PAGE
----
Can you help the Newcastle Hebrew Congregation?

Newcastle Hebrew Congregation

16 November 2021

Newcastle Hebrew Congregation

Dear Community,

We here at Newcastle Hebrew Congregation are in the process of updating our historical archives. Our Congregation is over 100 years old and our Synagogue will be 100 in 2027.

There have been many families and friends pass through our Shule over the years. They have been here for varying amounts of time, but the thing they have in common is they have shared a milestone event within our community. These events include –

  • Weddings
  • Brit Milah
  • Bar Mitzvah
  • Bat Mitzvah
  • Funerals
  • Engagements
  • Debutante Balls
  • Naming Ceremony

There have been so many of these and, unfortunately, our records have a few gaps.

Have you or someone you know been part of this community?

Have you or someone you know visited our Shule to be part of an event?

Do you or someone you know live in the Hunter/Newcastle/Central Coast Region and are not currently part of our community?

We want to hear from you!!

Please help us, we are interested in information, documents, photos, videos/film/audio recordings.

Please don’t hesitate. Contact us via email or phone.

Claire Tipper
e: purpletipper@gmail.com
p: 0403 220 194

Jacqui Orner
e: jac.orner@optusnet.com.au
p: 0412 411 452

Best Regards,
The Board of The Newcastle Hebrew Congregation

Jewish youth to advance community mental wellbeing

Group of young people

30 September 2021

Group of young peopleJewishCare are looking to our youth who want to help strengthen the mental wellbeing of our young people.

“JewishCare’s new Youth Reference Group is a new initiative that aims to bring together a diverse group of 18-25 years, who are passionate about supporting young people’s mental health and wellbeing,” says Mimi Zilka, Manager, Youth Services.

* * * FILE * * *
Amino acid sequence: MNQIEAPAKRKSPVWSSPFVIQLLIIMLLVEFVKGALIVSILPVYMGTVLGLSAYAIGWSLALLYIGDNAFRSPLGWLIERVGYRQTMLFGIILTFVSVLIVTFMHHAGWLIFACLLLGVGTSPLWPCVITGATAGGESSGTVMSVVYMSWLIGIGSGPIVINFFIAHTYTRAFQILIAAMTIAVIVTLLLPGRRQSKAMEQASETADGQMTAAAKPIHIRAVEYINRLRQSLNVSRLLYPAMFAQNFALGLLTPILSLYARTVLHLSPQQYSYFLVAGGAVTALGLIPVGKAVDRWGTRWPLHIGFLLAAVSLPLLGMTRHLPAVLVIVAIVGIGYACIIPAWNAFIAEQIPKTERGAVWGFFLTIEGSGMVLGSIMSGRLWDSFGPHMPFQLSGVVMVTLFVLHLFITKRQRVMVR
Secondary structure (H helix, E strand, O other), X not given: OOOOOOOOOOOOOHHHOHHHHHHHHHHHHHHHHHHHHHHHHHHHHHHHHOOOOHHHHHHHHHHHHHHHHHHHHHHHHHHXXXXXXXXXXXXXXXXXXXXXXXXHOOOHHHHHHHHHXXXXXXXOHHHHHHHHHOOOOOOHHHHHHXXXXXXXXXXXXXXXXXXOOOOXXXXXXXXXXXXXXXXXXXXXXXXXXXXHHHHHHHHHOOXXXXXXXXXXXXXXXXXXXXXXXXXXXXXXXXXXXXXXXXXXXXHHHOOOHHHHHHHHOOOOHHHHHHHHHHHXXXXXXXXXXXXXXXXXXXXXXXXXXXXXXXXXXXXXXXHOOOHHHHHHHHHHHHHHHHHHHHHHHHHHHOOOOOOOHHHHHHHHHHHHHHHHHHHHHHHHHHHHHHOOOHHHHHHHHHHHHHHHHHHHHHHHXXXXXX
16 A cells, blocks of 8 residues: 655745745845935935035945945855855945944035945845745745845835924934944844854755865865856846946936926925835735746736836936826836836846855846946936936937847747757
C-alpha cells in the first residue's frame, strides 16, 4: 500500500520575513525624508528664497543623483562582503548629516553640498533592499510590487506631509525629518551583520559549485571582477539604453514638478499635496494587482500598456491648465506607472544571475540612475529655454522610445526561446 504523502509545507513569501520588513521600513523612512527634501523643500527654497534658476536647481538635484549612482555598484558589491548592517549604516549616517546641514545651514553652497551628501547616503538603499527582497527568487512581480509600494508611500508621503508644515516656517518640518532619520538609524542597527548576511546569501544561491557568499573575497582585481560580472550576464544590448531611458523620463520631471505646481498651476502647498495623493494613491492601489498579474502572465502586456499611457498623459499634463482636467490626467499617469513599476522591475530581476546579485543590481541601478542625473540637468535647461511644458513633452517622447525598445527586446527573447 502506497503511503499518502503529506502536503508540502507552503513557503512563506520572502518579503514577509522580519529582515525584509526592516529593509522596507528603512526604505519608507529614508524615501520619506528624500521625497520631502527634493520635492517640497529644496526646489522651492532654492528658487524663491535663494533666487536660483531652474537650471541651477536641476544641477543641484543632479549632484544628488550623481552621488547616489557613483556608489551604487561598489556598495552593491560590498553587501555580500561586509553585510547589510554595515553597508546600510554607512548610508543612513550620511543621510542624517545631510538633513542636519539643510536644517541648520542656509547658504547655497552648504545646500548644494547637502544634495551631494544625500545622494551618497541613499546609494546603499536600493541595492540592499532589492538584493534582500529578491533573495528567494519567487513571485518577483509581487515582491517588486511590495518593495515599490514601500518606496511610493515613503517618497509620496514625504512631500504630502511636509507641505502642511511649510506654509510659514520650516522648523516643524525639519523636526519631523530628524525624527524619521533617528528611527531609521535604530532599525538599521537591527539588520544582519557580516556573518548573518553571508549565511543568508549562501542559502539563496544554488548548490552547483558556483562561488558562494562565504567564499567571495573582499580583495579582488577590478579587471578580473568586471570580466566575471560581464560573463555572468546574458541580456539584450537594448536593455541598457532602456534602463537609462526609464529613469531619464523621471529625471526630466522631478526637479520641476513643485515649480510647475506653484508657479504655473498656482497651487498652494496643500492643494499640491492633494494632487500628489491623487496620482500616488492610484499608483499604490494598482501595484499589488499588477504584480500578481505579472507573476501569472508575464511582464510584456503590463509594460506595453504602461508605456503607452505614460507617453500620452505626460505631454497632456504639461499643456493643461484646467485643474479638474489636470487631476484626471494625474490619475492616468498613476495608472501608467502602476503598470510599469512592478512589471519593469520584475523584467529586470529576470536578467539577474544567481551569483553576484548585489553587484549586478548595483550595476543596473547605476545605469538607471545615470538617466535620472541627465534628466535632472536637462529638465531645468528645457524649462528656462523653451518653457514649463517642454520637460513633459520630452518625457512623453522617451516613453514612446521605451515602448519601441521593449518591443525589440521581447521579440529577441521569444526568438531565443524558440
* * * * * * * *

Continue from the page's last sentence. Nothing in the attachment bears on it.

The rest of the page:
The group will collaborate on projects, activities and events that promote positive mental health and wellbeing, challenge myths and stigma around mental ill-health, and ensure ease of access to support and services specifically aimed at young people.

JewishCare believes young people are the experts of their own experience and are inviting those aged 18-25 years to register their interest.

“Not only will group members have a platform to make a positive difference, but they’ll also receive some great job ready skills in marketing, communications, events, leadership and community engagement, with training opportunities also available,” says group leader Jamie Adams.

Members DO NOT need to have lived experience of mental health issues but should be passionate about making a positive difference.

According to the World Health Organization, “half of all mental health conditions start by 14 years of age but most cases are undetected and untreated,” and “globally, depression is one of the leading causes of illness and disability among adolescents.”

Help make a positive difference. Find out more, contact Jamie Adams on 0412 786 943 or j.adams@jewishcare.com.au.

Jobs Open!

Community organisations JewishCare and Jewish House have formed a landmark partnership with the launch of Jobs Open! The joint initiative is designed to connect local employers with job seekers in the community, helping businesses and individuals to thrive during these difficult times.

Jobs Open! encourages employers to be open to employment diversity, helping place job seekers from all backgrounds, including those with a disability.

The collaboration has already produced some great results, with employers benefiting from advancing their corporate social responsibility and strengthening their workplace culture.

“When we were first approached by JewishCare to employ someone with a disability at Salon Lane, we recognised the unique opportunity to promote a workplace of diversity and inclusiveness,” said the business’ co-founder and CEO, Jared Keen.

“Rebecca has shown us the importance of seeing people’s abilities first. We are grateful for the opportunity to make a difference in her life and, more importantly, in the lives of all our employees, members and clients.”

Lisa and Adrian Saunders from Arnies Recon have also found the program beneficial.

“Thank you for introducing us to our new employee. We couldn’t be happier. The wisdom they bring and the questions they’ve asked are invaluable. Their experience means they’re ready to go from the start and bring a wealth of knowledge to the business. Plus, they are grateful to be here, super engaged and independently accountable.”

Job seekers have also provided excellent feedback.